Another argument that is put forward at this point is that women do not mostly enjoy top positions in the print and electronic media, to enable them to check the tendency of women’s negative projection. With a female heading PTV Lahore centre, this may not hold true. But even in the absence of female leadership, women working within the media can take a stand to undertake factual roles, in which they are portrayed as conscious, useful citizens. Why do they have to be always depicted as vulnerable belles, drowned in a sea of pathos and melodrama? Feryal Ali Gauhar is one of the few television stars who takes a stand against such projection, and refuses to star in a play that would portray her as a persecuted, ignored first wife.
“Women’s real liberation lies in the realization of their individuality and independent thought process, not in stripping themselves or taking to the streets,” observes the eminent writer, Bano Qudsia. Why do our actresses allow themselves to be painted in garish, exposing dresses, with overblown anatomy, or in baffled, terrorized poses on film billboards that pollute the skyline of Lahore? There is a dearth of educated women from respectable backgrounds willing to enter the world of acting, but if those already in the media put their foot down against negative stereotypical roles, the story writers, directors and producers would be left with no choice but to grant respect to women which is their due. It is also wrong to assume that our public likes to see only dramatic or glamorous images of women. We can cite many examples of films and television plays sans all this that made it to the top.
Women employed in the print media, specially the vernacular press, should watch against the sensationalism to which news concerning women are subjected. Crime against women, in particular, is covered in a way that becomes a crime in its own right. Eye-catching headlines, accompanied by dramatic descriptions of the crime and equally appalling pictures, fail to fulfil the purpose that lies behind the media’s role in fighting infraction. But since it’s mostly the male reporters who cover crime, their training in gender sensitization and gender reporting is very important.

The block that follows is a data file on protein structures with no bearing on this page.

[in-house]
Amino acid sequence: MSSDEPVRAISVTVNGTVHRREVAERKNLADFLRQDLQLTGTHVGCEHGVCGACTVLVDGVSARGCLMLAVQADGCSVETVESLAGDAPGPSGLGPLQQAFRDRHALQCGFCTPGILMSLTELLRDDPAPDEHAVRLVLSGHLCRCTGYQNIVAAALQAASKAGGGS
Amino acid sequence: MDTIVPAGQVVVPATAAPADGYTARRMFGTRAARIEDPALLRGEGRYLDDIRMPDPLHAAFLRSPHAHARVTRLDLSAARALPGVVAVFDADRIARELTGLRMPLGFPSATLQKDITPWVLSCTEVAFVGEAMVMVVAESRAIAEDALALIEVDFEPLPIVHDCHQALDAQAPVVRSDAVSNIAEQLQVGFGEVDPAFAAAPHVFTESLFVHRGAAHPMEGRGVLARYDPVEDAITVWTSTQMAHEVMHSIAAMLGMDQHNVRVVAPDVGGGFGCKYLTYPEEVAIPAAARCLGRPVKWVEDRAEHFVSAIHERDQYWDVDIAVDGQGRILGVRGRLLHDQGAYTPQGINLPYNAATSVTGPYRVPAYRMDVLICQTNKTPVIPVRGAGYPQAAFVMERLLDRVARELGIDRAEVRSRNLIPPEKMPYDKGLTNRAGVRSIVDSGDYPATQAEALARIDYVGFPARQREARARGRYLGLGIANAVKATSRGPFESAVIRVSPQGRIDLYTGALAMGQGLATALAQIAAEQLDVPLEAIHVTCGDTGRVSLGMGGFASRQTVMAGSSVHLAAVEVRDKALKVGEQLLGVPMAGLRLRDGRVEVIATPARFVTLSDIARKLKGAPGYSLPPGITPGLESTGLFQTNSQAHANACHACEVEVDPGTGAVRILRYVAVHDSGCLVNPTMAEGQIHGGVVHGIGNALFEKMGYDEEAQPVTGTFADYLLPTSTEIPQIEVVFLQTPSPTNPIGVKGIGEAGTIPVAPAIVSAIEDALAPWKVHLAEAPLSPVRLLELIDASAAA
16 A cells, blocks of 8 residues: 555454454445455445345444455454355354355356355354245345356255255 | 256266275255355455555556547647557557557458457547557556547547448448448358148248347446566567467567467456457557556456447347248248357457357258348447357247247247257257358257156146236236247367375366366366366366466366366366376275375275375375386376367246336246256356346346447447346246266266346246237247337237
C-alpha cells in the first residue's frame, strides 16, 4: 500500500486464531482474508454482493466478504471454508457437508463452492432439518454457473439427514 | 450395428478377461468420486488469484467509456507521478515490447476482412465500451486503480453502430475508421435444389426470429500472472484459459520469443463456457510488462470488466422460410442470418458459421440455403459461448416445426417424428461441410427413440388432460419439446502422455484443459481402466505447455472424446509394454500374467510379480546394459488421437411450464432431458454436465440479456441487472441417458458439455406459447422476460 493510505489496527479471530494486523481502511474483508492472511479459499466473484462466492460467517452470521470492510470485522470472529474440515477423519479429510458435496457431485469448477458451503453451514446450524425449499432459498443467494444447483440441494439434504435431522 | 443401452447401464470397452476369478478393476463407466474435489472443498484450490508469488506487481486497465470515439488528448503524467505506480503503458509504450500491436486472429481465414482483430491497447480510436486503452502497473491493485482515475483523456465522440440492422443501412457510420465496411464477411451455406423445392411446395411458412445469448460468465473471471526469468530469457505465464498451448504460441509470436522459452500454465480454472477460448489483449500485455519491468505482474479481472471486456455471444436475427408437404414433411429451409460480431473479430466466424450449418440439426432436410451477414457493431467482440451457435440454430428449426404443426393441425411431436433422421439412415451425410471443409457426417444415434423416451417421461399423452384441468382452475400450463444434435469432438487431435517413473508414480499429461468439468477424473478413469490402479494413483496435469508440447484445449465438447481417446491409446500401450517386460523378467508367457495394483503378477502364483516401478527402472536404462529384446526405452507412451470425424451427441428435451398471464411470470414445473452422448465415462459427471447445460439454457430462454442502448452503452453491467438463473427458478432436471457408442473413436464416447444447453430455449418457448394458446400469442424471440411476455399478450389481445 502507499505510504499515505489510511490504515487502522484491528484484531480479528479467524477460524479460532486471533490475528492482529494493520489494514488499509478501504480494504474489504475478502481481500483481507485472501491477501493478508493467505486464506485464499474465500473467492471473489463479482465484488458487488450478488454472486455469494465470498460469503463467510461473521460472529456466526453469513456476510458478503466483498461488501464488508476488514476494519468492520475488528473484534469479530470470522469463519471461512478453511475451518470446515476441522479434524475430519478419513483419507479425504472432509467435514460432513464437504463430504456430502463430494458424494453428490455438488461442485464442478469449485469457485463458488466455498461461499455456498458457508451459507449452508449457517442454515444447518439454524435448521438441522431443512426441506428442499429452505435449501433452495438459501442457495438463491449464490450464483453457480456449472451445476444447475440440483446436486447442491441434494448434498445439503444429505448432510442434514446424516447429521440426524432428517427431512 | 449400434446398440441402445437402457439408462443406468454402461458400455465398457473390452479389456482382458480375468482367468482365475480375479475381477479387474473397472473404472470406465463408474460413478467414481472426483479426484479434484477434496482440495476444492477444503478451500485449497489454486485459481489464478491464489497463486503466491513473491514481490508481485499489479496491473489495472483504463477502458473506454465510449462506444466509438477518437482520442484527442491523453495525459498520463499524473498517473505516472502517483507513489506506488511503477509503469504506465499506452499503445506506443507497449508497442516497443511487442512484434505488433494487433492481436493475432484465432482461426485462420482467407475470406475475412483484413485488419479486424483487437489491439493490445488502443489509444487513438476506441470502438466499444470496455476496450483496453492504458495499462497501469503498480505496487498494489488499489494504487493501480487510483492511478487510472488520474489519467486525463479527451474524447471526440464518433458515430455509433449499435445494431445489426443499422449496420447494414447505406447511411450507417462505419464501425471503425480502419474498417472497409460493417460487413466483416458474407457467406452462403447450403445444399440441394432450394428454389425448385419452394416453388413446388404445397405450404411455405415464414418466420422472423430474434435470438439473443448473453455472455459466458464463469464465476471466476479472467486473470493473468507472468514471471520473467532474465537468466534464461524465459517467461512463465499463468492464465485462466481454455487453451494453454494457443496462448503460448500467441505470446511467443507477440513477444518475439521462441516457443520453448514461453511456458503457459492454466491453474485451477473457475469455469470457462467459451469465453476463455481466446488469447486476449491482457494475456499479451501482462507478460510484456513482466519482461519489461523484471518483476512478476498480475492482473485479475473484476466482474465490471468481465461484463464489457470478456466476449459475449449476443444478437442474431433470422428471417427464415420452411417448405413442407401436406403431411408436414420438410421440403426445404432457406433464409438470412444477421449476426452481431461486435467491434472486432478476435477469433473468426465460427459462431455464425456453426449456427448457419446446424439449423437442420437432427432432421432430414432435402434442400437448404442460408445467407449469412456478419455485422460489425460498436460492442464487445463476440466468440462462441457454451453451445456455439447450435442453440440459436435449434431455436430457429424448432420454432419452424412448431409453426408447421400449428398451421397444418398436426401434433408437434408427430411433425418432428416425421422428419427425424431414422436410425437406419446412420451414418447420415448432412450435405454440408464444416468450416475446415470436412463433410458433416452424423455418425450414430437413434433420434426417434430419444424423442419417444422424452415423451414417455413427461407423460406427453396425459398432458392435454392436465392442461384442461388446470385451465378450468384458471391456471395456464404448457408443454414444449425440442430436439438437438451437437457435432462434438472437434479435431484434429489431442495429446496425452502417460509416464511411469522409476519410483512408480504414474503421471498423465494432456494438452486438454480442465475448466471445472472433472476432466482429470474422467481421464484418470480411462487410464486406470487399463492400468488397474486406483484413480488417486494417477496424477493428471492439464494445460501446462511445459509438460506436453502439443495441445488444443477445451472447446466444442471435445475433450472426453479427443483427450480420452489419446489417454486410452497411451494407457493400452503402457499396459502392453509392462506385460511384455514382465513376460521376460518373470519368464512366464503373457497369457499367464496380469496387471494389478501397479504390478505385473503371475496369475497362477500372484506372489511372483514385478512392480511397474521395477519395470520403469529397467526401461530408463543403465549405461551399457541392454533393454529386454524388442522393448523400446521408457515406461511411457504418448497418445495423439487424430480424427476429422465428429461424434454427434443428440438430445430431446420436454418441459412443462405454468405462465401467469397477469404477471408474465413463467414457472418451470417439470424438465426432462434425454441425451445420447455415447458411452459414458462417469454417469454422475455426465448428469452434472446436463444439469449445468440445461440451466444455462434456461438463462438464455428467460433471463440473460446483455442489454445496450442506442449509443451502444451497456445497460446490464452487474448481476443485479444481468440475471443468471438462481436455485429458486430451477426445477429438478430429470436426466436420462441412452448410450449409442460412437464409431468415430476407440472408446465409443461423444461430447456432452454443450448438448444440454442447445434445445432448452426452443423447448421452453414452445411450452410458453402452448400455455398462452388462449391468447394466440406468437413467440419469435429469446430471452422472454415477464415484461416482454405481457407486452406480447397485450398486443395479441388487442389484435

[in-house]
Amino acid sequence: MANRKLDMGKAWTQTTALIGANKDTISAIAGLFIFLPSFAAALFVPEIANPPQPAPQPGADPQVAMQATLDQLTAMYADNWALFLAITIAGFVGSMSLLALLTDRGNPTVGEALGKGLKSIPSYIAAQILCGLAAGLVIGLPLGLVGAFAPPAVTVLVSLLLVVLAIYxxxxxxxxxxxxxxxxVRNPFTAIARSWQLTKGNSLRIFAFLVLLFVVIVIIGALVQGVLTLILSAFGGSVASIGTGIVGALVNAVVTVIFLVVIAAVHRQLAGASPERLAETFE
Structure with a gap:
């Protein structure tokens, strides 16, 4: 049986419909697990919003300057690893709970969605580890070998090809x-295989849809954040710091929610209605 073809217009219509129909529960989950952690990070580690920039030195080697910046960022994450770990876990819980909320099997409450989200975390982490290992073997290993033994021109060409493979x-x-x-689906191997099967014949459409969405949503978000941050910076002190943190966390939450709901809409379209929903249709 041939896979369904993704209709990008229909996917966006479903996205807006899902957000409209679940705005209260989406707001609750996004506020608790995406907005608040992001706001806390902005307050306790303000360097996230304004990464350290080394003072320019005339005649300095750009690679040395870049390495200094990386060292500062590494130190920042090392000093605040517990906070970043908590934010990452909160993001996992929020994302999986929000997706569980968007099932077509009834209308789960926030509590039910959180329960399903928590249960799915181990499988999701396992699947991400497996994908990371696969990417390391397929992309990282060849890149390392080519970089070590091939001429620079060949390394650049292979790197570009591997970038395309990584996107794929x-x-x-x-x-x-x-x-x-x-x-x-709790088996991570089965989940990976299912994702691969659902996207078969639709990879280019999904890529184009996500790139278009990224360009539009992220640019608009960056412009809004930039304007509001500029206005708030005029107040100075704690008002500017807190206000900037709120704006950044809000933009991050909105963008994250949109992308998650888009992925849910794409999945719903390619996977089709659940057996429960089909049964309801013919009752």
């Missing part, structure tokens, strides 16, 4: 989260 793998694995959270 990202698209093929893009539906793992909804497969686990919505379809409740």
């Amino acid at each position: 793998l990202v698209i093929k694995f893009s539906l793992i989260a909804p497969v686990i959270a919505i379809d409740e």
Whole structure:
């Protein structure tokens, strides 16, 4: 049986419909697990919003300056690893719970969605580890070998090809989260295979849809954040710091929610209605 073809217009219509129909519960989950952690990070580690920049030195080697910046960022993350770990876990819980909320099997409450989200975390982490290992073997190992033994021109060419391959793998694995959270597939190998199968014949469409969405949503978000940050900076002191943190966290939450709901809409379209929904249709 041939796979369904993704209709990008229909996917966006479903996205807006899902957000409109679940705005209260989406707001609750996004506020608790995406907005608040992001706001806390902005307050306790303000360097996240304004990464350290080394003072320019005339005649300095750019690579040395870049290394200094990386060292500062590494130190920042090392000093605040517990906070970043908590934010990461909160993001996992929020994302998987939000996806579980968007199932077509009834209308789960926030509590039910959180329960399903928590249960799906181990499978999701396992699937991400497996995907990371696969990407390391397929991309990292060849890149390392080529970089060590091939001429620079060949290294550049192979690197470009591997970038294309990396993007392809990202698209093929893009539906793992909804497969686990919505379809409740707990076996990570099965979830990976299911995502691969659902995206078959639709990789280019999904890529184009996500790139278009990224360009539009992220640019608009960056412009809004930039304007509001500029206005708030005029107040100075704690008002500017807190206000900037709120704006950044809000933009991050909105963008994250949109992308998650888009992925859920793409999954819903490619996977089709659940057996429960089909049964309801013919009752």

What kind of message does an Urdu daily give that describes the murder of a young woman by placing a headline that reads, ‘Fashionable woman murdered in train’? The subheads say, ‘Polished nails and henna on hands’. If the reporter was trying to tell the readers that the victim was probably a newlywed, he could have simply called her one, instead of creating ambiguity and suspense in the minds of the readers by resorting to this type of embellished and unnecessary description lacking in ‘objectivity and impartiality’, the essential features of good a news story.
One may therefore infer that while women’s projection in the media constitutes a major concern with the women, it’s not only men who need be gender sensitized in a positive way. Even women need to be clear about what they want to adopt as the insignia of their identity, ensuring that this conviction comes from within the women directly involved ‘in the media and with the media’, because these are the women who are eventually in a position to direct change by their firm stance. Any amount of undetermined debating and slogan-chanting from outside alone would not guarantee healthy and positive images of women in the media